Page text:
Now there are other acids out there trying to pose as just good sports, not up to anything as wicked as glycolic and lactic acids, but the Skin Dork has to say, that’s just whistling past the graveyard,

Exfoliating acids will prematurely age your skin. Exfoliation products have created a strange looking society of biologically senile, if chronologically youthful/middle aged people who patronize skin spas where raw, shiny, grotesquely unnatural looking skin is manufactured for reasons unknown to anyone but sadists and masochists. The systemic consequences of this are not trivial.

Exfoliating cleansers in home and studio care constitute the first line treatment approach by the vast majority of medical and non-medical skin estheticians and physicians and over the counter treatments for acne since 1990 and to the Skin Dork’s experience the practice is the leading cause of the pervasive rosacea and other visible inflammation. Scarring often occurs as a byproduct.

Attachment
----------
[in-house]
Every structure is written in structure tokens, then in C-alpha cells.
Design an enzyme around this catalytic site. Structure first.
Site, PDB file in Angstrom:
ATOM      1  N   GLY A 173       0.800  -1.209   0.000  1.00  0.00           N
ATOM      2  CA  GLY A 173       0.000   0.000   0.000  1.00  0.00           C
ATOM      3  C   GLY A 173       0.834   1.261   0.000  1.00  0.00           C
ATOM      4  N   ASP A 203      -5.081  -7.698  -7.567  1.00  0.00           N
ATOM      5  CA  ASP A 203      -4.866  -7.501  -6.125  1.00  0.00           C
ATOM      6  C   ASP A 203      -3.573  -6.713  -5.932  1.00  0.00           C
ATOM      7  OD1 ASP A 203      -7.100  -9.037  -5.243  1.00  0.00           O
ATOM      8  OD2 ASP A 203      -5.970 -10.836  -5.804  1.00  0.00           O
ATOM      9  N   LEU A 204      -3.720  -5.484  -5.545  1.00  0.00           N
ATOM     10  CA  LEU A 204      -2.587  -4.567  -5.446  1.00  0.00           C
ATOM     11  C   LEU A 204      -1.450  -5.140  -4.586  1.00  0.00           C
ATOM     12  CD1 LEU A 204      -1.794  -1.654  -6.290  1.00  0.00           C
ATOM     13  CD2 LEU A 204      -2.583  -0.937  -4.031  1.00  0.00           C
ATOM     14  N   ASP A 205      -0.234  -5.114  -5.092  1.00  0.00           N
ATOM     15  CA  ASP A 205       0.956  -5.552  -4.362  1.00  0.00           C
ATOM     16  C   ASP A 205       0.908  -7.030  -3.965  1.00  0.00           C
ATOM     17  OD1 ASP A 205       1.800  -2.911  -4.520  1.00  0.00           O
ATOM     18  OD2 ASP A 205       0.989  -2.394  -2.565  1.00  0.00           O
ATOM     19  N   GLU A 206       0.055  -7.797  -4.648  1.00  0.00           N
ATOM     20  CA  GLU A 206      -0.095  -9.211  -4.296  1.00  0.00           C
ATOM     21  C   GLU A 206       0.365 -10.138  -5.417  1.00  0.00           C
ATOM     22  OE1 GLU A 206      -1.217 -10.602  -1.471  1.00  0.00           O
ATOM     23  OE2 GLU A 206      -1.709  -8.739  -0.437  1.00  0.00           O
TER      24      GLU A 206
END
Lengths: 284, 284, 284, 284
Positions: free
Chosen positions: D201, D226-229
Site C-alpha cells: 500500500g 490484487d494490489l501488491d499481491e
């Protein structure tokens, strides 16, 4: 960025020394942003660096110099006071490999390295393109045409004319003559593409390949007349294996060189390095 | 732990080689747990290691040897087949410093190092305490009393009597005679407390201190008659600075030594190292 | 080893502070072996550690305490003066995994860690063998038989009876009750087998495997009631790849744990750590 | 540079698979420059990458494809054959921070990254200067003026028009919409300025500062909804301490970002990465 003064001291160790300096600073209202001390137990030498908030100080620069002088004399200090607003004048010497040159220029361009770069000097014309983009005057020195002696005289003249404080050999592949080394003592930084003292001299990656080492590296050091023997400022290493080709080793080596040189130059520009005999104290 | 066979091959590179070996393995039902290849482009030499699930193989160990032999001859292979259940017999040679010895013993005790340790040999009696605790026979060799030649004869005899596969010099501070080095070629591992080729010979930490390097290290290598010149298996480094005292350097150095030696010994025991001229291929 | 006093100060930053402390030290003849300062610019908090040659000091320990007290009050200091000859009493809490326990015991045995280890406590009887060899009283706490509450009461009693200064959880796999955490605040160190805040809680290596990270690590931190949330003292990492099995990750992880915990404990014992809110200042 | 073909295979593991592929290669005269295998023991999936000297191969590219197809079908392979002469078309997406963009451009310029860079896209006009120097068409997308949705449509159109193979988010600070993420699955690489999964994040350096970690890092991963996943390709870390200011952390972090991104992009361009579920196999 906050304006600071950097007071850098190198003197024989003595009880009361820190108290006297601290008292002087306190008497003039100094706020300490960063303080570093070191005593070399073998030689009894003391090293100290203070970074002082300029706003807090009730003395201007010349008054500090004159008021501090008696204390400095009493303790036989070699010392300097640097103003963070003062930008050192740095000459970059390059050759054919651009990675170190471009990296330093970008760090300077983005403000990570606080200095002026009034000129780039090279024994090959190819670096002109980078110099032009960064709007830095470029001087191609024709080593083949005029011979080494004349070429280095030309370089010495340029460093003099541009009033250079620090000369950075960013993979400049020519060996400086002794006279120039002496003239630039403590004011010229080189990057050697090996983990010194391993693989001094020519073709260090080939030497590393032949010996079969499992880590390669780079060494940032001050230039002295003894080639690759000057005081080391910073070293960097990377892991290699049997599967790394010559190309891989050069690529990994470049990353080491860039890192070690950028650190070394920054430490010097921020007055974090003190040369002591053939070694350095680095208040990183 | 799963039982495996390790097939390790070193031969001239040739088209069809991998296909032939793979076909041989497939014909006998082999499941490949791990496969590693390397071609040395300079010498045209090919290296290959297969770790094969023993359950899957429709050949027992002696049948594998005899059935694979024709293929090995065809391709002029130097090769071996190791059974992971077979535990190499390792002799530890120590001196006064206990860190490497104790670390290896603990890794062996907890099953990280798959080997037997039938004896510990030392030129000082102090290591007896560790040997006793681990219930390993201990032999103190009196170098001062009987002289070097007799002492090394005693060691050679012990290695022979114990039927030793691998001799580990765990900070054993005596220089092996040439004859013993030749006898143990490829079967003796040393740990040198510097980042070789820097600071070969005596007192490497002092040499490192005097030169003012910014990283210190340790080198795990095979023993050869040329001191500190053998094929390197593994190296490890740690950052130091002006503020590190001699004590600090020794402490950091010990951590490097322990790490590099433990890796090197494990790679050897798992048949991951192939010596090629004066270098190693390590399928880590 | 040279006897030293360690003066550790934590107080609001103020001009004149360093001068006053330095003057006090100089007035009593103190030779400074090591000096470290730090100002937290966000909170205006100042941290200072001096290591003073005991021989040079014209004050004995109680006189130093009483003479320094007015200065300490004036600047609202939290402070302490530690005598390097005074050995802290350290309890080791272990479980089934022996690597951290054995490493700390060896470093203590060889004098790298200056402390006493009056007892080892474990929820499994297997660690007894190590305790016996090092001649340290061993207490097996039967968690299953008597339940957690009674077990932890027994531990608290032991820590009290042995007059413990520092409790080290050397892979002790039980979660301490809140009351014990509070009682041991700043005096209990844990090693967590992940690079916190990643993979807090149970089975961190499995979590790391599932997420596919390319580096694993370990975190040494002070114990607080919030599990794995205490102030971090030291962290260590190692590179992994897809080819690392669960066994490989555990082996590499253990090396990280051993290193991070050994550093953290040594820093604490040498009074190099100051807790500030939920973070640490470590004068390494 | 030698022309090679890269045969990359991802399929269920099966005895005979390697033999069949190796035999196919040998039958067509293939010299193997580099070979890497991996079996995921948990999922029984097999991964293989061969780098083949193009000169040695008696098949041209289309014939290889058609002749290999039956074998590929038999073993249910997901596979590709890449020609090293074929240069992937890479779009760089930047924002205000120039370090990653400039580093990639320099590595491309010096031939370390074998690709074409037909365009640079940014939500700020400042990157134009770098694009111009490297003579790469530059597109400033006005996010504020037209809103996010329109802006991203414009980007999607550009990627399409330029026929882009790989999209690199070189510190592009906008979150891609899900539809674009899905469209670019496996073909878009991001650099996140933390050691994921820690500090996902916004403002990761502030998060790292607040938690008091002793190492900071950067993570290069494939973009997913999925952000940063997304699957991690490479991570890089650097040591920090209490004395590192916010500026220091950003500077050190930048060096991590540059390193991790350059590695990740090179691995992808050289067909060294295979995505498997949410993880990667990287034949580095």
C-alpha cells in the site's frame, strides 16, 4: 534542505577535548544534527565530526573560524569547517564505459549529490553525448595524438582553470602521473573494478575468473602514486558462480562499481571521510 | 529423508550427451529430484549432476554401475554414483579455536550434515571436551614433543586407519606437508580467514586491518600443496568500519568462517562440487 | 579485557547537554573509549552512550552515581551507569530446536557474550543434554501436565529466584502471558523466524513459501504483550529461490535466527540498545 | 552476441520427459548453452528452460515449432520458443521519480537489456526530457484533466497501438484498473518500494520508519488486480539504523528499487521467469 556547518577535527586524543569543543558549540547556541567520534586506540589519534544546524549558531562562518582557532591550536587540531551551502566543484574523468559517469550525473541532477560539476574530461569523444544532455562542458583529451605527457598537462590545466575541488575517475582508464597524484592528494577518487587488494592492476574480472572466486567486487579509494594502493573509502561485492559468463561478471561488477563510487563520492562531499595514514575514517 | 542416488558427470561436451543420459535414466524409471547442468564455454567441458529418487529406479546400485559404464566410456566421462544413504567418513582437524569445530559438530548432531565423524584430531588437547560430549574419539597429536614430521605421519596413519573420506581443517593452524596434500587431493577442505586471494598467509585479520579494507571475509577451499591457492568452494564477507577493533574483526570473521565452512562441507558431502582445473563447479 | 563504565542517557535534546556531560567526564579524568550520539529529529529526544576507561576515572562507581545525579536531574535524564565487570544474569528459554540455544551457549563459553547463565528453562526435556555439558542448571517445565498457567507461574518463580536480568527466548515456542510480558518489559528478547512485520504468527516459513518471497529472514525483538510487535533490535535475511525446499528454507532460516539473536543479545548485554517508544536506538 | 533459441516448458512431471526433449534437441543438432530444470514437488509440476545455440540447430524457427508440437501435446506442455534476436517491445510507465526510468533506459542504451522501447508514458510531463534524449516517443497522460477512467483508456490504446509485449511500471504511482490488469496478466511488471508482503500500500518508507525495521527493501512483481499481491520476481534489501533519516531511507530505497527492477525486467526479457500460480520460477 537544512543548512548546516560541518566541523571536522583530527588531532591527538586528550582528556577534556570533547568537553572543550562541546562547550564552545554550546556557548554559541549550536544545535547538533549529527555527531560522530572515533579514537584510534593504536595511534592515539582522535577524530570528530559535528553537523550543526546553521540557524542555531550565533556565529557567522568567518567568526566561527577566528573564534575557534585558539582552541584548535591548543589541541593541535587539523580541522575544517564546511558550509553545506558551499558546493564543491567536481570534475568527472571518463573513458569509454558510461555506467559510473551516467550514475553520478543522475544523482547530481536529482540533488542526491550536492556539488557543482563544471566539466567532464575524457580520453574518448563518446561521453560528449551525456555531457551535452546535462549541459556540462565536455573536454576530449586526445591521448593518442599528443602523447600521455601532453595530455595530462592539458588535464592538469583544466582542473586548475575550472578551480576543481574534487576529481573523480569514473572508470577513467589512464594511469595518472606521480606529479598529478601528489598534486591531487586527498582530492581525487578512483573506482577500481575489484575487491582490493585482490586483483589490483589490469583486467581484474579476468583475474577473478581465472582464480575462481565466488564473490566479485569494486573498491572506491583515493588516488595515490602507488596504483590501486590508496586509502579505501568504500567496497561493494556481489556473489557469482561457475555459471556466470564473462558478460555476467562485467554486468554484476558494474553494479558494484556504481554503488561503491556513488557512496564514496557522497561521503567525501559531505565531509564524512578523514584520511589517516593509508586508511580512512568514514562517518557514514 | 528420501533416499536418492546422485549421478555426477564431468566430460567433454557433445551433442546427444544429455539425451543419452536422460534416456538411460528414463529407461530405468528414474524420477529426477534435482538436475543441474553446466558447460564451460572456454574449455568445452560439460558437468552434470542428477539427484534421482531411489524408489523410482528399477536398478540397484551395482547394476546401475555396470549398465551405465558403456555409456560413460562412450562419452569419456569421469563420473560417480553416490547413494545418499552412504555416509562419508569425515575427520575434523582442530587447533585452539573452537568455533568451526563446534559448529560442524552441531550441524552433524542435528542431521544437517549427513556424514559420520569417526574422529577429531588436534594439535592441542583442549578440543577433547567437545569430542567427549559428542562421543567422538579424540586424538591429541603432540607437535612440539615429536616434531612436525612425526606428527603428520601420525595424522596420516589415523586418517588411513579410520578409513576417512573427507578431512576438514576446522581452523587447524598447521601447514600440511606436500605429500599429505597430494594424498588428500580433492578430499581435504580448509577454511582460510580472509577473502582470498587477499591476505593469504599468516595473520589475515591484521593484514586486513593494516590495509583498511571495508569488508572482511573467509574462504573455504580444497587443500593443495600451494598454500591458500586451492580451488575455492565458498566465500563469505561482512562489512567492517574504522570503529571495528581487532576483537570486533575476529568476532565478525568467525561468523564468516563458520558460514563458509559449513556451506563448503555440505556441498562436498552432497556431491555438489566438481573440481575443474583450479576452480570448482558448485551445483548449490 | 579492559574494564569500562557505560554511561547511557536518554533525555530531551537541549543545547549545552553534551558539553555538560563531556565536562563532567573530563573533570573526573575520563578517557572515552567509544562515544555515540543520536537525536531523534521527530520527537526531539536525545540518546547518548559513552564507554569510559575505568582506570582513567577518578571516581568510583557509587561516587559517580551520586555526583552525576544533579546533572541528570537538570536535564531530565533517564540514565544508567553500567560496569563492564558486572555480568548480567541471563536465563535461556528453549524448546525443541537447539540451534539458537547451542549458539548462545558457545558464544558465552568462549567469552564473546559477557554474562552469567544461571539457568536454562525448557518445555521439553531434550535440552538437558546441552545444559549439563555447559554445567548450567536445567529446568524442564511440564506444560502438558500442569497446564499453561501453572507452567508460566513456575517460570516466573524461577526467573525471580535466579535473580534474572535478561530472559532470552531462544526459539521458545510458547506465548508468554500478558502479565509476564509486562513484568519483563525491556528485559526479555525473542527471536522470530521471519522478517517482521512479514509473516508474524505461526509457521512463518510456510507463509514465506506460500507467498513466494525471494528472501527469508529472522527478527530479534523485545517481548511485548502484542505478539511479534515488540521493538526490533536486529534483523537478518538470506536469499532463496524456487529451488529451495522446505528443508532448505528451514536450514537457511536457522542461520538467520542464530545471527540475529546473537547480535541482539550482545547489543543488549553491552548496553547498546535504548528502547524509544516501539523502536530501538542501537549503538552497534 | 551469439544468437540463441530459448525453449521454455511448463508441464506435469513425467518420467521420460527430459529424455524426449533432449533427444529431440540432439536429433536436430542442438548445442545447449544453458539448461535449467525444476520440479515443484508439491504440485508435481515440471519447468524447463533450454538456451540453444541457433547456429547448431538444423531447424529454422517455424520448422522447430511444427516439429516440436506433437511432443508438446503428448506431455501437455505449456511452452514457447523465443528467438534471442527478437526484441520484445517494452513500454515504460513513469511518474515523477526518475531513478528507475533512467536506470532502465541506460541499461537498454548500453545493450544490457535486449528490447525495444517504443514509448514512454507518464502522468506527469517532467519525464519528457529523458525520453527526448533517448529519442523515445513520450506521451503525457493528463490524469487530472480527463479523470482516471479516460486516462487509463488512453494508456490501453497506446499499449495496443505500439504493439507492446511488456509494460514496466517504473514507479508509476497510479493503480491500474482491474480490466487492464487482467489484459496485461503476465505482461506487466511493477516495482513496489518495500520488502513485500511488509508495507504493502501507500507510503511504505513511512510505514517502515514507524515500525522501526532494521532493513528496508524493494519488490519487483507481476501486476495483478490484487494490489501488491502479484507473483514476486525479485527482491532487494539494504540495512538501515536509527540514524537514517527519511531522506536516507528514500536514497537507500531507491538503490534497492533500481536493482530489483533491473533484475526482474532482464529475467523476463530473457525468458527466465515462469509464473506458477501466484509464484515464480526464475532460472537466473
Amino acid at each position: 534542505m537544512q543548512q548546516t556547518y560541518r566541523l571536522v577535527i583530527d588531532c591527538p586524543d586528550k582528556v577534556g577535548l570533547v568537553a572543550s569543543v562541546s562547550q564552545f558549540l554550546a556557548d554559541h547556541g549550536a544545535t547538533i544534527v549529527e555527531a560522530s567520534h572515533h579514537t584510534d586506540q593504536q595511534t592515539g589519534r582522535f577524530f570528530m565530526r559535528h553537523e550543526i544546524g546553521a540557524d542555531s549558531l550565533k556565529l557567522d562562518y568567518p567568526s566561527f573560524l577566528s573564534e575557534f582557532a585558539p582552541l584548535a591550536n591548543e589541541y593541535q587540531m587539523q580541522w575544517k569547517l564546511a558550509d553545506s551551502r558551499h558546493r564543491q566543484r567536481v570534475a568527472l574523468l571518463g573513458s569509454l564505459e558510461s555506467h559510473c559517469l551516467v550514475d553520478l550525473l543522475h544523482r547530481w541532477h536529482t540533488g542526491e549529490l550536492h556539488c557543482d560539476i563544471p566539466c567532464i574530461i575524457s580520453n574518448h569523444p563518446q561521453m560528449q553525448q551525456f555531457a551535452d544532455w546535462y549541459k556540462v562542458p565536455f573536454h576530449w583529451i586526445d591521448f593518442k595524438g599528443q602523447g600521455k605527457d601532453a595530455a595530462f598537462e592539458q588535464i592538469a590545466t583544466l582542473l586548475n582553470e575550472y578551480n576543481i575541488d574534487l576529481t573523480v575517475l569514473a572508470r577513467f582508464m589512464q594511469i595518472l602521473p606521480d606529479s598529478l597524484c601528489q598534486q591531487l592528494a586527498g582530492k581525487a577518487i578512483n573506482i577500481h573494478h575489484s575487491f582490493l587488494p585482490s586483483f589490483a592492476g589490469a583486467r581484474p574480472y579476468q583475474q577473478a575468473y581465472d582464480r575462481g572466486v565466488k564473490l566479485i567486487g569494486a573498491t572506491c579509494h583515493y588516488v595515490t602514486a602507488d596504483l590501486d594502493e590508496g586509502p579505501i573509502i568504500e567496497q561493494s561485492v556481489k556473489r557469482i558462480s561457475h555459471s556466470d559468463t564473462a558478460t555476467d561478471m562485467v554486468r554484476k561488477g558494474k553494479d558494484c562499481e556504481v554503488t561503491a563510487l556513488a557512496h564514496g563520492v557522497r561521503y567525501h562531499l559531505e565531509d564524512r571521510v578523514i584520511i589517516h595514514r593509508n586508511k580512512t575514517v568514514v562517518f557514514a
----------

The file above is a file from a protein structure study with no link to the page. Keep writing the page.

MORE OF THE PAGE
Another misconception is pH or pH balance as a goal in your skincare, especially a cleanser. The skin does not go into a tailspin or shout hallelujah because of pH. It does not matter to the skin if the pH is very low or very high. It only matters the degree of ionic charge to the ingredient.

In other words, if I have a weakly ionic substance whose pH is 3 or 10 it will not be in any way alarming to the skin as compared to a powerfully ionic ingredient with a pH of 5.5 (approximately the pH of the skin). Most of the harshest defatting cleansers on the shelf, even those declaring themselves organic and natural, have a very neutral pH.

Pay no attention to pH; it is not useful information. Anyone selling you on that concept is parroting a tune first played by Bristol Meyers in 1974 who coined the marketing term “pH balance” as a buying hook, not a discovery in biology. It worked apparently.

Of course, being “ionically correct” doesn’t quite have the same ring to it does it. The Skin Dork will not try to come up with nifty slogans. On the other hand, Bristol Meyers tried to get “poly-ionic” gain traction a few years later, and that failed, because it is confusing nonsense, so the Skin Dork is not alone in bad slogan attempts.